Monday, October 6, 2008


It is that time of the year again. OK, so maybe us Indians don't have a single "festive season" like Christmas in many parts of the world, but so what? I think these nine days, known as Navratri(translation nav-nine ratri-night), can be classified as one. This time of the year reminds me of my childhood for many reasons.

The autumn break during school days was always cleverly timed to coincide with these days. The autumn break followed the Half Yearly Exam, if I am not mistaken. So you did not even have the "stress"(heh) of having to deal with studies for an examination that mattered a lot in terms of weightage, towards the calculation of the final marks and rank in class. My god, talking about all these things makes me feel so old! These concepts seem so alien now and the time when they occurred, ancient.

Next in line in this assortment of memories is the Durga Puja. No, I am not a Bengali. It goes like this- the Residents Association in the colony where I lived as a kid had a good number of Bengalis. More importantly, there was a good sized park in our neighbourhood. Combine these two factors and voila! you get a pandal (tent) filled with smoke, Bengalis in their best dhotis, sarees(as the case may be), a big idol of Kali Ma(another name for Goddess Durga) killing Mahishasura(who, according to mythology, could not be killed by man, mortal or immortal), skits, magic shows and other wonderful things usually associated with a carnival. Now the most important part of it, at least to us kids, was the collection of toys that were sold outside the park. Mind you, these weren't anything close to what was usually sold in the local shops. They were based on the prevalent theme i.e. bow and arrow(made of plastic or cardboard), sword(either fluorescent coloured plastic ones or thick cardboard covered with shiny paper), mace(usually my weapon of choice), masks(weirdest looking animals and one of a clown) and so on and so forth.

If the toys weren't distracting enough, there was food. Now that I think about it, I can't really recollect what all items were sold inside the park but I do remember that you did not need too much money to have a mouth full of assorted goodies. Actually, you did not even need parents. Collect a little amount(and by "little", I mean it) of money from your parents, join the kids in the neighbourhood(age ranging from tiny tots to early teens), the older ones incharge of the younglings. Or so the parents thought. But the arrangement worked perfectly. Once the difficult tasks like crossing the road and walking in the darkness were crossed, the group broke up into smaller ones, each going in a different direction, based on their likes and dislikes.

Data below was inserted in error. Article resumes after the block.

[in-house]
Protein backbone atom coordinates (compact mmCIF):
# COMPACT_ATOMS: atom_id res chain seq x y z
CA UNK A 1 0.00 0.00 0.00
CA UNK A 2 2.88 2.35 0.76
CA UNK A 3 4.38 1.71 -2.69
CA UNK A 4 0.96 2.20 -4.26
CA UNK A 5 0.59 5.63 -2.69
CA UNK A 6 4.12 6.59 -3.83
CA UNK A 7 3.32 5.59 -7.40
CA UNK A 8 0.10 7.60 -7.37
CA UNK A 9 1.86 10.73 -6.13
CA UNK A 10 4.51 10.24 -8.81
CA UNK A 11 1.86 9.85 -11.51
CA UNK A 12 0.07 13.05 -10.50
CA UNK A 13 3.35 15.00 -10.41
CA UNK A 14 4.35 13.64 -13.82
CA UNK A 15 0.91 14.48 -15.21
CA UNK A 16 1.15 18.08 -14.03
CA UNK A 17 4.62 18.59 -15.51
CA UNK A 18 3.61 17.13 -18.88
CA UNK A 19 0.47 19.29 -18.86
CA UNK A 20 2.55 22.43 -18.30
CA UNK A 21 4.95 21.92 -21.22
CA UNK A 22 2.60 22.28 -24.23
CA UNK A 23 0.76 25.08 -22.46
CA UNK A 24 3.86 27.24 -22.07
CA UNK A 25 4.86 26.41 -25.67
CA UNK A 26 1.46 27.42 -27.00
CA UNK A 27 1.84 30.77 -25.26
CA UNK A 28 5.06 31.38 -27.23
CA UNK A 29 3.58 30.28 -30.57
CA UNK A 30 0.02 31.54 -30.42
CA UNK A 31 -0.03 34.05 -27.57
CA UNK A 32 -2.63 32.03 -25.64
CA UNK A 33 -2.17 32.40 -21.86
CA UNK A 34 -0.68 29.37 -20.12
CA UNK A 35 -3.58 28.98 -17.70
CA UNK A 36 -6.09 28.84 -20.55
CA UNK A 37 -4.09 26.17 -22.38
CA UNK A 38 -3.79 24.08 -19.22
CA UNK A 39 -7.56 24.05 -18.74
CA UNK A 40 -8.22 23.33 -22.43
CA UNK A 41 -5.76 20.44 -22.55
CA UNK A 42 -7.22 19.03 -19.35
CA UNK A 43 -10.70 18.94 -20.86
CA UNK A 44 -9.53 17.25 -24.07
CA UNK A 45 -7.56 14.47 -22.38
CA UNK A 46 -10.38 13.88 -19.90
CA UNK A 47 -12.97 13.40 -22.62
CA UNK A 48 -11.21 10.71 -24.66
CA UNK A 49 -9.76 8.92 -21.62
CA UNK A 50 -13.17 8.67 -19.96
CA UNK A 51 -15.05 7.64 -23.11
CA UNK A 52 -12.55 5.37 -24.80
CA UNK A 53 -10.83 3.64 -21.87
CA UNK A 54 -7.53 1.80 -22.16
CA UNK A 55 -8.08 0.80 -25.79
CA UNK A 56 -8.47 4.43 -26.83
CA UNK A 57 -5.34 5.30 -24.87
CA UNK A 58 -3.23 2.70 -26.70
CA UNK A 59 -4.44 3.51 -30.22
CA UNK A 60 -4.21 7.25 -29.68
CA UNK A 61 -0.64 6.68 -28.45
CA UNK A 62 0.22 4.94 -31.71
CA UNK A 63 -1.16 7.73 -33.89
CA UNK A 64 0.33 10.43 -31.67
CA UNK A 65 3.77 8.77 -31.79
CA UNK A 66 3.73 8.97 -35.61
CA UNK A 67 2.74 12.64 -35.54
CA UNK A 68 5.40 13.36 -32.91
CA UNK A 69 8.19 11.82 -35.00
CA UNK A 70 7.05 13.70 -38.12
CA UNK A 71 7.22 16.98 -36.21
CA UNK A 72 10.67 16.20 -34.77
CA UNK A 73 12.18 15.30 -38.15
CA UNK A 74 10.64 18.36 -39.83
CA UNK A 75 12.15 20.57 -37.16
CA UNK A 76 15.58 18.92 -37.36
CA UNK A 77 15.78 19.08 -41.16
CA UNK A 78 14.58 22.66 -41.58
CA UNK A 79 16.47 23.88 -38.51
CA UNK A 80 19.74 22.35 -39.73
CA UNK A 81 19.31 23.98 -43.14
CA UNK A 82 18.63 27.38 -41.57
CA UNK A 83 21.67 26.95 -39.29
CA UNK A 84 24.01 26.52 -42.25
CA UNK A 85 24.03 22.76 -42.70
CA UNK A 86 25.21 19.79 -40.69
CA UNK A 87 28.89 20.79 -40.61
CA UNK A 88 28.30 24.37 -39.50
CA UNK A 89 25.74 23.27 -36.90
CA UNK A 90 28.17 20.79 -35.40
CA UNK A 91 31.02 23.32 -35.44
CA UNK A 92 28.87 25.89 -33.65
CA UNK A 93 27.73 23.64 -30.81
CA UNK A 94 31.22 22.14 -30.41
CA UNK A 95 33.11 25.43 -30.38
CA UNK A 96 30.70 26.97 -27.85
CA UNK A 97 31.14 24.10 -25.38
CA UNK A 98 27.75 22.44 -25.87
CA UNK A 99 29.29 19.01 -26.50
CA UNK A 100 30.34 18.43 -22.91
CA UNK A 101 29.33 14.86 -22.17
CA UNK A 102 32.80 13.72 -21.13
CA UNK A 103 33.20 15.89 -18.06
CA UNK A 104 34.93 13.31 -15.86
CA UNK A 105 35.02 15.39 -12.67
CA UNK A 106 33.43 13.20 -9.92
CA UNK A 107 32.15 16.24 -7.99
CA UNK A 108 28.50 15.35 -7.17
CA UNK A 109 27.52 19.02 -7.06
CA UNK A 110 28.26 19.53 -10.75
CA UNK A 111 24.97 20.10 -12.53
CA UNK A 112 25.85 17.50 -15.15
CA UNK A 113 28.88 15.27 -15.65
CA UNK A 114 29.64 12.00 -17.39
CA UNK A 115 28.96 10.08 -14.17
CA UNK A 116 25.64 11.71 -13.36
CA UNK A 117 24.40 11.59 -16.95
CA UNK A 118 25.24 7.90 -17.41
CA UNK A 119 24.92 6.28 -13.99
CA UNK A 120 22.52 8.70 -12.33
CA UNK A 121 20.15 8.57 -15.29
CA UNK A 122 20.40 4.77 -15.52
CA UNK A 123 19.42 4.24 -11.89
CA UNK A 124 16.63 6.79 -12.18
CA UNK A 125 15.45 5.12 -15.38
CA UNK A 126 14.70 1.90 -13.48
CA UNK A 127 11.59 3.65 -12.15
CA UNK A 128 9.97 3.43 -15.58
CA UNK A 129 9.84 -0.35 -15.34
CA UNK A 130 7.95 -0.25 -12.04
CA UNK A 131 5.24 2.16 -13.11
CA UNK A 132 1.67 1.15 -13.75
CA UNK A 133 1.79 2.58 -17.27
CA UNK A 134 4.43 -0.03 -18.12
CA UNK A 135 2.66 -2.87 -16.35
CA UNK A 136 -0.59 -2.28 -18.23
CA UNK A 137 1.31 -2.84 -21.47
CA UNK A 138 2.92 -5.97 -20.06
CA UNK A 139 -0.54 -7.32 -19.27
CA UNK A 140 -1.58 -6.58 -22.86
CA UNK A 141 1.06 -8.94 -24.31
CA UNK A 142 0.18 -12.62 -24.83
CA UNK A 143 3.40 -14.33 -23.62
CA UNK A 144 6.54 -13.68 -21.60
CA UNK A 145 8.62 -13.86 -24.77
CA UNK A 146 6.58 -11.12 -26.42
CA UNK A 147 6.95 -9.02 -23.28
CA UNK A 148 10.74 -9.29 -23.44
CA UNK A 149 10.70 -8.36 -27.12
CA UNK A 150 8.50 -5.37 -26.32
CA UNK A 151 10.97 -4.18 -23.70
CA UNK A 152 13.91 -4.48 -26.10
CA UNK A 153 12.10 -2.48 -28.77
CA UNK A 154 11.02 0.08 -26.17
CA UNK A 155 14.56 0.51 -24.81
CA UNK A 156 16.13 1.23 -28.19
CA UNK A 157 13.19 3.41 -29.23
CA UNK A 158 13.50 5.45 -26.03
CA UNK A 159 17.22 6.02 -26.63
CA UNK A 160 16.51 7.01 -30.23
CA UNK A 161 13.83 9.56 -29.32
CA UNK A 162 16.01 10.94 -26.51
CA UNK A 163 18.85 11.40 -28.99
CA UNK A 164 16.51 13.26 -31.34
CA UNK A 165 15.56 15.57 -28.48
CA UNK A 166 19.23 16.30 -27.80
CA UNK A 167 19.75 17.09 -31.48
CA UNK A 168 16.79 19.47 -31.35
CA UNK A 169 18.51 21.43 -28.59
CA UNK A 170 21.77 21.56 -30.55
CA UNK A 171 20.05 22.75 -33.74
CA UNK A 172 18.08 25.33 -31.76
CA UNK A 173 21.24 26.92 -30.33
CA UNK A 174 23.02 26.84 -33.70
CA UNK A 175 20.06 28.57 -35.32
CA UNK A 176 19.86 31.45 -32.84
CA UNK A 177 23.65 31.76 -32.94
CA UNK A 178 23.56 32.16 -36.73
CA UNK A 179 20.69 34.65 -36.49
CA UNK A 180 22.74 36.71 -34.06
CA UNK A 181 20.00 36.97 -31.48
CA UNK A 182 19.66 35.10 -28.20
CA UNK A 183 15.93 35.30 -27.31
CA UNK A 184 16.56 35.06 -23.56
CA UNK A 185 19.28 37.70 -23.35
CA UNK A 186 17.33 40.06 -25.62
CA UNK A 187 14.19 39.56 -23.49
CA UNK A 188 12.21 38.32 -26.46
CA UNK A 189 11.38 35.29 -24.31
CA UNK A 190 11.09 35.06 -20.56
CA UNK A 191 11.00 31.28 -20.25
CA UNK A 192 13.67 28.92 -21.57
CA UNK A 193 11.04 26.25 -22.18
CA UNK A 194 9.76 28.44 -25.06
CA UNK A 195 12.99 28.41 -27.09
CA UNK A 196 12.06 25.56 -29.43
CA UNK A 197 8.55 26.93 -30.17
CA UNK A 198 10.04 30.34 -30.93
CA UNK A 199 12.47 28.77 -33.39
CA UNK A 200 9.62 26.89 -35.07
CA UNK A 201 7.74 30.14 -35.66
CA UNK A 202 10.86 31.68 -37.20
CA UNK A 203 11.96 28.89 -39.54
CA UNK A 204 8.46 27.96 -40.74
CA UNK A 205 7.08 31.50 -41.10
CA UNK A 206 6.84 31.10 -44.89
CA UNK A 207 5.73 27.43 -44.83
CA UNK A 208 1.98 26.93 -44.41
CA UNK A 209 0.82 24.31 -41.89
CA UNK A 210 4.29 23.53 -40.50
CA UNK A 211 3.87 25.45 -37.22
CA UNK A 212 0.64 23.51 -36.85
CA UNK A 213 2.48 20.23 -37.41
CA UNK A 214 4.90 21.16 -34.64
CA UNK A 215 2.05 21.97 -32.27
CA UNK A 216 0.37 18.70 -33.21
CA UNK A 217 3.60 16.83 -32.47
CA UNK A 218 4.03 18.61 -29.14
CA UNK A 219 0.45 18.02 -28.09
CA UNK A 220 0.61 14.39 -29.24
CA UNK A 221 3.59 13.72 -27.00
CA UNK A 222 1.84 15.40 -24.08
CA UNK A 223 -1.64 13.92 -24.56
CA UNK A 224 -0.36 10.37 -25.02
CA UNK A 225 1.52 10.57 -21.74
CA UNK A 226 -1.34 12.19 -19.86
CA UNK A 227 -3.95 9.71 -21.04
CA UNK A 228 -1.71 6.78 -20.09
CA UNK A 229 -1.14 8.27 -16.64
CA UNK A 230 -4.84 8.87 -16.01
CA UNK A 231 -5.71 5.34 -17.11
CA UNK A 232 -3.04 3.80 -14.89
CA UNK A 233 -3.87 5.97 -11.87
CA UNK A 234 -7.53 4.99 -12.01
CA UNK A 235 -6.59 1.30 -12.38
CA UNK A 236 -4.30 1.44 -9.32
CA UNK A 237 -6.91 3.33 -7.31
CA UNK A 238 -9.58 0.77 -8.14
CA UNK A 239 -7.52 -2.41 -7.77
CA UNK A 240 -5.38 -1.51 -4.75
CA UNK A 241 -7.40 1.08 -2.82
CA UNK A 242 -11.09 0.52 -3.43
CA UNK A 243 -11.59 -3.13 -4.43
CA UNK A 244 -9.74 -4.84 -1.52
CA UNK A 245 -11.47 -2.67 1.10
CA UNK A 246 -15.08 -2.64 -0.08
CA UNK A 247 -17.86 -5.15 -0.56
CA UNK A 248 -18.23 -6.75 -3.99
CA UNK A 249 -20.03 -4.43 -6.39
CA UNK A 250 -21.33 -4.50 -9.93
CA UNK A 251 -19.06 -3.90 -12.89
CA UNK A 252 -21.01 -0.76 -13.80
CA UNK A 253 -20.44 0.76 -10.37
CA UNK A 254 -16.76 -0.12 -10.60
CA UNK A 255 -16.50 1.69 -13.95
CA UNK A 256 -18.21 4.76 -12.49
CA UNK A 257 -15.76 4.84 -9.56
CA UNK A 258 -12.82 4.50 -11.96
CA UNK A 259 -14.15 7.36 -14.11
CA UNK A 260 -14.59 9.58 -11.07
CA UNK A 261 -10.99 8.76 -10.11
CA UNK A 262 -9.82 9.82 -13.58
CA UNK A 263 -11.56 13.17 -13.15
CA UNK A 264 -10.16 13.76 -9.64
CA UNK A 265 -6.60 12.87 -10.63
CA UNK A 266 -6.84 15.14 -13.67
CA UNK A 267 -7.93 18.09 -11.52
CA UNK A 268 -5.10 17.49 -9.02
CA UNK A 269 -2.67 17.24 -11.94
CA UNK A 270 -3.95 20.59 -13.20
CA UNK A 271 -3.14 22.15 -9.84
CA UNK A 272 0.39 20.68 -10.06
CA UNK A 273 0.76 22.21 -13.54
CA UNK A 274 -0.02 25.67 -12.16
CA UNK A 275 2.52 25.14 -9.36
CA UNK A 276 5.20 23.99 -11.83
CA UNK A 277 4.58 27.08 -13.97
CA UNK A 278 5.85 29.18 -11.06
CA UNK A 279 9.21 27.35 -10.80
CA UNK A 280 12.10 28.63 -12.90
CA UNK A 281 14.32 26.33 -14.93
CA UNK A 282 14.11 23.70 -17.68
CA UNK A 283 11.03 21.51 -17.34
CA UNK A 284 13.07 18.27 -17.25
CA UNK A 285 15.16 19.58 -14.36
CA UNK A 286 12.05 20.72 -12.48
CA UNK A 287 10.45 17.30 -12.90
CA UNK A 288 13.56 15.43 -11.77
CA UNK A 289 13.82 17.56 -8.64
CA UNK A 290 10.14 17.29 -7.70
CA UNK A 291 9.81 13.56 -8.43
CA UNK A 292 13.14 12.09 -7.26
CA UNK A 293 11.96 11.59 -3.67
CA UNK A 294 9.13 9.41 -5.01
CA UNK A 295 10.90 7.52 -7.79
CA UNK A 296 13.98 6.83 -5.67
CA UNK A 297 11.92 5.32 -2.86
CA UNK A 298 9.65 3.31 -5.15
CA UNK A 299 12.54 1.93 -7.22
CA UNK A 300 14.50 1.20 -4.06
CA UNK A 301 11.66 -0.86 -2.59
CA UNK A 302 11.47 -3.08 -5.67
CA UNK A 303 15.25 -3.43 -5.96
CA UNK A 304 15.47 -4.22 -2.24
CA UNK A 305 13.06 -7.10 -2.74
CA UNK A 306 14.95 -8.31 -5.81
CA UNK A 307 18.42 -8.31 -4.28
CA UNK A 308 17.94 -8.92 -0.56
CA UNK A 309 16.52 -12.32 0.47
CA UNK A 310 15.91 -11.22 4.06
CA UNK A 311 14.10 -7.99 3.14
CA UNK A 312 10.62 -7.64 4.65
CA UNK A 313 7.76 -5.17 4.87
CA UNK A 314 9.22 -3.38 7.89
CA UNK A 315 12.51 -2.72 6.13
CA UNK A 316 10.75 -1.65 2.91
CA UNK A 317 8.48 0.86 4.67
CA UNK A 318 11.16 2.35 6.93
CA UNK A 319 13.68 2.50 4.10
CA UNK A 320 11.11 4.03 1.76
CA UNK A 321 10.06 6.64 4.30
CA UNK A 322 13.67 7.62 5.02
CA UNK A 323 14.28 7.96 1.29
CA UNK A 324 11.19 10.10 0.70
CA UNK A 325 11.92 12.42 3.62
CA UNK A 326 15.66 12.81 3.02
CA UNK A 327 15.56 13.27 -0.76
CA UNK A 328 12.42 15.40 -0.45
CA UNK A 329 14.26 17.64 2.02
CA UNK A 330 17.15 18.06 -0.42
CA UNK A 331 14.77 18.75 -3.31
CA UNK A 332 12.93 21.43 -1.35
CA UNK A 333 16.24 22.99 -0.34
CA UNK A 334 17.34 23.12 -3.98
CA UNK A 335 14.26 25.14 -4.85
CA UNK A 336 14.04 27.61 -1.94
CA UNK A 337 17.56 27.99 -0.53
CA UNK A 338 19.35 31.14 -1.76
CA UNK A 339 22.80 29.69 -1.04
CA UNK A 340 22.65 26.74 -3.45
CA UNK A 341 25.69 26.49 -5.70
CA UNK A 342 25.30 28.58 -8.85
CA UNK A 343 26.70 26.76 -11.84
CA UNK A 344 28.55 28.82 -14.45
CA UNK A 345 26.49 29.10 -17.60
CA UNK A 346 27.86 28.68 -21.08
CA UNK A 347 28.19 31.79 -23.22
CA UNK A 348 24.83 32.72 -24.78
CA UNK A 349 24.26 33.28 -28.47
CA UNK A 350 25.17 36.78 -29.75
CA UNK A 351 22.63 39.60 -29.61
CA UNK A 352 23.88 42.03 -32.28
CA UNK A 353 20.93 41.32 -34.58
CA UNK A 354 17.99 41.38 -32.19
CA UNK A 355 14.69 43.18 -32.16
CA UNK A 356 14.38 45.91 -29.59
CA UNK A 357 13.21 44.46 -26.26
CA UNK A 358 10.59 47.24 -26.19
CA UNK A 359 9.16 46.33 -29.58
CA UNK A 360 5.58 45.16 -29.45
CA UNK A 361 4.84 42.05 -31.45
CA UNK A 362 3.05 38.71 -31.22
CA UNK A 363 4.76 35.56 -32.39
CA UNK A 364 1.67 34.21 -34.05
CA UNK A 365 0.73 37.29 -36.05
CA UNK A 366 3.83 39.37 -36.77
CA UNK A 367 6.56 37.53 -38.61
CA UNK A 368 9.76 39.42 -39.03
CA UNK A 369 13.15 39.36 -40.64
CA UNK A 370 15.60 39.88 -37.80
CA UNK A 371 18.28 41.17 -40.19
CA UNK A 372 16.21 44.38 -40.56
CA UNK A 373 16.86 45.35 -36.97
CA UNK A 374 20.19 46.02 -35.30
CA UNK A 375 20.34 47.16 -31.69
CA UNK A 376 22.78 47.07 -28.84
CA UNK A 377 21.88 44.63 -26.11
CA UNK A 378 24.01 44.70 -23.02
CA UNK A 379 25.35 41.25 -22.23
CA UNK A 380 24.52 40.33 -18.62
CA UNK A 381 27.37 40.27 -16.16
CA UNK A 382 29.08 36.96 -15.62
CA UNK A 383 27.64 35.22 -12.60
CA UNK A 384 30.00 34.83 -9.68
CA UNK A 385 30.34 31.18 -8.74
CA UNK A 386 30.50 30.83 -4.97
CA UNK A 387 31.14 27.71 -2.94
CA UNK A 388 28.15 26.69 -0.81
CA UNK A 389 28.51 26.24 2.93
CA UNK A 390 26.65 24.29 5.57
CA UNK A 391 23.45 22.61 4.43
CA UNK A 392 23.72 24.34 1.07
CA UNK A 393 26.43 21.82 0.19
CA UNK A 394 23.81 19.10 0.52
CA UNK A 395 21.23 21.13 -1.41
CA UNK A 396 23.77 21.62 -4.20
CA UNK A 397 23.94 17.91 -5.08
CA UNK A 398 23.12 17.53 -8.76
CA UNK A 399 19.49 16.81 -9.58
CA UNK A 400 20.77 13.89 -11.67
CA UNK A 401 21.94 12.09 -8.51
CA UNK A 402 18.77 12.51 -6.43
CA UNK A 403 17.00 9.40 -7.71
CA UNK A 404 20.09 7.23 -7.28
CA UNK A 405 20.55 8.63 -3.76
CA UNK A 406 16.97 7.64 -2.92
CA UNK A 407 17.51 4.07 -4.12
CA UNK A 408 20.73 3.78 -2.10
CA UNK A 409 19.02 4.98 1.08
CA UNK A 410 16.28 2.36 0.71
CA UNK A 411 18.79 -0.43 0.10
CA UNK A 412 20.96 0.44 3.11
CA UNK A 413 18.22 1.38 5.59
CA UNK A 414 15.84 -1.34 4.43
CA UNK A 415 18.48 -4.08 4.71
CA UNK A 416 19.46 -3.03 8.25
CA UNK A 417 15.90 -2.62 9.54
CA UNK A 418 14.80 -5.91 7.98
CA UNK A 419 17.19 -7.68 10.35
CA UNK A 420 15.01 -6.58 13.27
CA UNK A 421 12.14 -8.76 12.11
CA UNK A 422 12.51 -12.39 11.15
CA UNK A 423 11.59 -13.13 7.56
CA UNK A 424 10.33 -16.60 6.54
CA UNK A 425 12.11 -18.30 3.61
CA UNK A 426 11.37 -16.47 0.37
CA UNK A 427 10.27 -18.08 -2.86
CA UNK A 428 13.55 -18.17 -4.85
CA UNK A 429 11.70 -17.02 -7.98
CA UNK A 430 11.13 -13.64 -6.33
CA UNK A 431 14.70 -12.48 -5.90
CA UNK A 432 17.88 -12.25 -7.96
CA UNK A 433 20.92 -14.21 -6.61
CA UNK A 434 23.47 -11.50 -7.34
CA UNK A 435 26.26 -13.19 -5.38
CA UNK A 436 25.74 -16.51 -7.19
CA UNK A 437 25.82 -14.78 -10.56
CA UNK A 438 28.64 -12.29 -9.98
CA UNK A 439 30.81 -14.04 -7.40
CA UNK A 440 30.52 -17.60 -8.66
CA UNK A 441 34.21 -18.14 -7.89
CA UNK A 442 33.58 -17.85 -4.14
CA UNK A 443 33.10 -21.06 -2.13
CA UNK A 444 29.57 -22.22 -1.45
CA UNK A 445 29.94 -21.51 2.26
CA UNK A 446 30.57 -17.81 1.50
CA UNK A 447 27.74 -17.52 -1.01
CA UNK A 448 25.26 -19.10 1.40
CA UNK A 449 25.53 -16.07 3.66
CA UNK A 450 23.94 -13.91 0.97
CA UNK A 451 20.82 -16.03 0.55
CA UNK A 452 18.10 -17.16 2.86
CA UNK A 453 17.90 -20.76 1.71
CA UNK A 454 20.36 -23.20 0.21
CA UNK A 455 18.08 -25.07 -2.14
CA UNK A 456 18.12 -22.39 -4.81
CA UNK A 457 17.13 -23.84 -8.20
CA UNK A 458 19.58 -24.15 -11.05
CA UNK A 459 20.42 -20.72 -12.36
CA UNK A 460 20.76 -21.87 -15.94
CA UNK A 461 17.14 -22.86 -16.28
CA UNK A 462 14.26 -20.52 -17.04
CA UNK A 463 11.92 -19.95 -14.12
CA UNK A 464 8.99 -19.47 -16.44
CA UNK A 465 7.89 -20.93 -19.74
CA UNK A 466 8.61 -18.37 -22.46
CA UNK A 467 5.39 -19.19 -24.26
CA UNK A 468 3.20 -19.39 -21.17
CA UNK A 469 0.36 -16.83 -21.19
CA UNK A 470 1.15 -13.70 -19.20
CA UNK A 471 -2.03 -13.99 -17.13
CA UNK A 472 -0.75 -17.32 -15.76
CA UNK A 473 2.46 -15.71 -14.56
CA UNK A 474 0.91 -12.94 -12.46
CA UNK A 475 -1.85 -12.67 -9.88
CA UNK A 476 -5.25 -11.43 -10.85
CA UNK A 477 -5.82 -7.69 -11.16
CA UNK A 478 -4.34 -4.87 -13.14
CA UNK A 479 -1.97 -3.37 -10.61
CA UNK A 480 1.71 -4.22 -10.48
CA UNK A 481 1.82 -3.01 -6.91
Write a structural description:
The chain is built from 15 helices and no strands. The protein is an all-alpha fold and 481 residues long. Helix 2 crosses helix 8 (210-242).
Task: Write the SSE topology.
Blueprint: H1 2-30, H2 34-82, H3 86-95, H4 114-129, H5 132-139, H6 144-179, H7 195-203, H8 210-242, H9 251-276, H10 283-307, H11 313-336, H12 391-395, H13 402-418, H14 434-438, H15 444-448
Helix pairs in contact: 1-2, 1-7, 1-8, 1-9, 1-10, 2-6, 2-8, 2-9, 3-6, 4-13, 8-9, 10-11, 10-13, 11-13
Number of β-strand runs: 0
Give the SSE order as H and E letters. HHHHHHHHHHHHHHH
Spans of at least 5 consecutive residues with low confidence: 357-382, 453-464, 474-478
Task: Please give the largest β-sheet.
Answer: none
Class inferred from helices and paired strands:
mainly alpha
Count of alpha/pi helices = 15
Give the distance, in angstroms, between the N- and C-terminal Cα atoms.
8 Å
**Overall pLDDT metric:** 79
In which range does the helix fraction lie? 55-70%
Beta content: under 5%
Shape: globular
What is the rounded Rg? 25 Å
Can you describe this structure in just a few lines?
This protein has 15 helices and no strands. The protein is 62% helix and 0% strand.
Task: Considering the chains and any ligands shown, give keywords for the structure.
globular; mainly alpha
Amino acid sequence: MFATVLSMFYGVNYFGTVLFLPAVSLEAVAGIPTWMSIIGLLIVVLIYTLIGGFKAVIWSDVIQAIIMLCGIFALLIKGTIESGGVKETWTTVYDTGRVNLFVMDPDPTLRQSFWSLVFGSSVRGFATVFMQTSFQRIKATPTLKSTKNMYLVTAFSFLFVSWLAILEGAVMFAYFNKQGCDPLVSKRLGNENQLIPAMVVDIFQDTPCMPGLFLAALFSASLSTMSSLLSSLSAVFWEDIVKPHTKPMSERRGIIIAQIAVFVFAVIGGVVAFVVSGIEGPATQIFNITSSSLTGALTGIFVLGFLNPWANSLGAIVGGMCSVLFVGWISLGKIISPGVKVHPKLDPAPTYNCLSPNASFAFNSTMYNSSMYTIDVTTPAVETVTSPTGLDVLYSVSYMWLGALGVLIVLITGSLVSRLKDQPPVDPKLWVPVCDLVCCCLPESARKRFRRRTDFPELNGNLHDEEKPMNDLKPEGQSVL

The next memory, in stark contrast to above, is Gollu. A familiar term to Tamilians, it is the tradition of arranging dolls in the house during the nine days of Navratri. Don't ask me what it signifies, it did not matter. As kids, we used to hop from one house to another, of course belonging to friends and family members. The incentive was the prasad(offering in the form of food) usually distributed by the lady of the family. The catch and the rather boring part- you had to earn it. How? By singing a song. Not just any song but devotional songs. When you are in school, devotional songs are surprisingly never short in number. So sing we did. After a couple of years, we had a routine. We knew which songs were to be sung(clue: stick to songs dedicated to a Goddess) and in which order(start with Lord Ganesha).

And what about home? Well, the significant ritual observed at home is the Saraswati Puja. If Diwali is for parents then Navratri is for kids. You see Goddess Lakshmi(wealth and prosperity) is worshipped on Diwali but Goddess Saraswati(knowledge) reigns supreme during Navratri. We were supposed to keep one text book each in the puja room, which was to be removed only after the end of this phase. Which meant that you could not touch these books during these ten days. Could a student be any happier? One funny recollection that comes to mind is that every year, without fail, the mathematics text book held a prominent, permanent position in the pile of books.

Simpler times. You grow up, beliefs change. Traditions and rituals? Some remain, some don't.


  1. Nice memories...

    I think today is Saraswathi puja.. If it is.. mom will have picked up a few books n put it infront of the godess today.. Damn i should have left my certification material n told her this is top priority puja reqd.

    Oh n Karuna.. One more thing.. Mathematics book? You too! :D

  2. Loved the blog! :-D Brought back old memories! for some odd reason, we bengalis celebrate the Saraswati Puja in January! :) and Navratri is basically Durga Puja to us! boyy, "THE" time of the year back then, NOT NOW! :) now, when am here, i've this feeling that 'I DO NOT belong here anymore'!